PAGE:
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A History of World Societies, Sixth Edition
McKay/Hill/Buckler/Ebrey
Web Exercises
Chapter 11: Nomads and the New Order in Asia, ca 800-1400

Between 800 and 1400 interaction among the societies of Southern and Central Asia  increased dramatically.  One factor driving this interaction was the development of the eastern trade routes over the Indian Ocean.  Along with trade goods Indian merchants carried their culture to Southeast Asia, where it blended with the indigenous cultures to produce new hybrid civilizations.  Equally important was the rise of nomadic peoples.  Turkish nomads helped to spread Islam to Central Asia and northwestern India; and the Mongols redrew the world political map from the Korean peninsula to eastern Europe, absorbing diverse cultural elements as their armies progressed.  The activates below will help you to reinforce and amplify what you have already learned about this period.

Helpful Hints:
  • You may want to begin by printing this page. As you explore different sites, use the printout to refer back to the instructions and questions detailed in each activity.
  • On many web sites you can increase the size of the images by clicking on them. Whenever possible, use the larger images to examine fine details in photographs.
Activity One:
  • Old trade routes such as the Silk Road continued to be vital conduits for goods and ideas.  However, these overland routes were supplemented by increasingly extensive sea routes.  Examine Map 1: note the Silk Road and other overland routes through Central Asia and sea routes over the Indian Ocean; give special attention to the routes connecting India with Southeast Asia. (You can enlarge the map by clicking on the icon that will appear in the lower right corner of the map.)
  • Indian and Southeast Asian merchants carried on lively trade along the sea routes depicted on Map 1.  How did they manage to navigate such long distances? Go to  Ships of the Old World.  When you arrive, scroll down to and read the sections on Indian and East Asian ships.  Now read Early Navigation Methods to learn more about how mariners of this period got from one place to another.
Activity Two:

During this period several important states emerged in South and Southeast Asia.
  • One of these was the Gupta Empire in India, which existed from A.D. 320 to 480. Review page 308 in McKay, A History of World Societies (Sixth Edition). How was the Gupta Empire similar to and different from the Han Dynasty and the Roman Empire? Add the Gupta Empire to your chart from the fourth activity. You might want to consult map 2, The Later Guptas and Decline of the Gupta Empire, and the Age of the Guptas and After.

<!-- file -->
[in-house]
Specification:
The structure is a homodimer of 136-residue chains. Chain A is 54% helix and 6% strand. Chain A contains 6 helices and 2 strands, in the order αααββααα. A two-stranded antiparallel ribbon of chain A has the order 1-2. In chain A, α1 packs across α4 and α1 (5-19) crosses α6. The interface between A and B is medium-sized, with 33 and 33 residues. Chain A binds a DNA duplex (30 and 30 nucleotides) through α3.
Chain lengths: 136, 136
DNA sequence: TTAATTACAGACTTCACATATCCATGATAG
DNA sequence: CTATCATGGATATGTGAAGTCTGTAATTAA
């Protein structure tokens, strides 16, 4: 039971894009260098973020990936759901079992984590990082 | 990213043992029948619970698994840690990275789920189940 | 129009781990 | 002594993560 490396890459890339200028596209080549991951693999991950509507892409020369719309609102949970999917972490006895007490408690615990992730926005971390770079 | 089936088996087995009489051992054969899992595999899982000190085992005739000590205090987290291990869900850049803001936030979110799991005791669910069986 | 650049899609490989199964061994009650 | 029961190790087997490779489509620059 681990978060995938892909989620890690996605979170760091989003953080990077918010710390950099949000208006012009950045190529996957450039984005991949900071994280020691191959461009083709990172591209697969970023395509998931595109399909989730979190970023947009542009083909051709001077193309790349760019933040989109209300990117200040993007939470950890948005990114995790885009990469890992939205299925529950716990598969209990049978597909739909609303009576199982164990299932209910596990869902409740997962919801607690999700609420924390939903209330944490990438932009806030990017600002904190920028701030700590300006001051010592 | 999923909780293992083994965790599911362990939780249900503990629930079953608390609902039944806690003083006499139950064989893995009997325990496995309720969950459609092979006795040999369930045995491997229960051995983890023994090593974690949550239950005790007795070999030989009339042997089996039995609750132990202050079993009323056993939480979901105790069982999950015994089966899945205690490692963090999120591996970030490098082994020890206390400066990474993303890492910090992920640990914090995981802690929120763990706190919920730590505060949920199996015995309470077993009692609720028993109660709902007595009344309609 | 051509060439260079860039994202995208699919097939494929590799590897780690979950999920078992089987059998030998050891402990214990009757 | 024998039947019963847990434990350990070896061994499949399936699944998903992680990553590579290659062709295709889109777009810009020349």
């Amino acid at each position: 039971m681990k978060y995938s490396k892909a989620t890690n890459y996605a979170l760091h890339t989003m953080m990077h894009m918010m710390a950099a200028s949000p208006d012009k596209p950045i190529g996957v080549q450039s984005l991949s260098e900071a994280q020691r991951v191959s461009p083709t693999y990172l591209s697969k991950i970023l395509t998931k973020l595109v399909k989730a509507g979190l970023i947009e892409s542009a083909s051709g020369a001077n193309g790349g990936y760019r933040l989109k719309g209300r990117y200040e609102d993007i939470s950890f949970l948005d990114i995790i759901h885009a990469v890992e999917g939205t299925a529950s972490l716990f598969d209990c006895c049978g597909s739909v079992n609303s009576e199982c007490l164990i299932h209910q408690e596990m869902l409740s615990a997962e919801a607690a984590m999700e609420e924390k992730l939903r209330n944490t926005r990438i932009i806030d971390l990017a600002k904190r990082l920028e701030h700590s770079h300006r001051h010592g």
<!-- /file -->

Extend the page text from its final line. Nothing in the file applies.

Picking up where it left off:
• In Southeast Asia several states rose under the influence of Indian culture.  These states were not carbon copies of Indian civilization. Instead, they were hybrids of Indian and indigenous cultures. To better comprehend this development, go to The Old Kingdoms, a chronology of the history of Indonesia. In addition read Early Malay Kingdoms, The Period of Hindu Kingdoms, and Buddhist Empires. How did these kingdoms reflect Indian culture? How did they reflect a hybridization of Indian and indigenous cultures?
  • Probably the best way to observe the impact of Indian culture on Southeast Asia is through visual images. Read about the great Indonesian Buddhist temple of Borobudur and examine some images of the building (you can click on them to enlarge).  Now read about Cambodia's Angkor Wat and examine a few images of the structures.  How do these two temple complexes display Indian influence?
Activity Three:
  • Another catalyst for greater communication within Asia between 800 and 1400 was nomadic movements. To better understand the importance of Central Asian nomads in world history, read "Origin of the Mongols" at Mongol history and chronology from ancient times. Now go to The Islamic World to 1600: Central Asia. According to these essays, what civilizations influenced the peoples of Central Asia between 800 and 1400? In what ways? How united were the peoples of Central Asia? Now consider which civilizations Central Asian nomads influenced. (Use map 3 to help you: Find Central Asia and note what political developments this map shows. Remember, both the Turks and the Uighurs were nomadic peoples.) Write a few paragraphs summarizing your conclusions.
  • As you know, nomads helped to introduce Islam to parts of India.  From its initial foothold in the northwest of the country, Islam gradually spread and exerted a profound influence on Indian culture. Review pages 309-313 in McKay, A History of World Societies (Sixth Edition).  When you finish read about impact of Islam on India.  How did Islam affect trade, technology, society, and religious thought in India?
Activity Four:
  • Of all the nomadic peoples that moved through Central Asia during this period, the Mongols were the most powerful.  As this comparative list of conquerors suggests, they built the largest empire the world has ever seen. 
  • The Mongols are generally remembered as destroyers who ruthlessly razed cities and killed or enslaved entire populations.  For another view of the Mongols and their legacy read The Mongols in Iran (make sure to click on each of the images and read the descriptions of their forms and meanings).  How did the art of Iran develop under the Mongol ilkhans?


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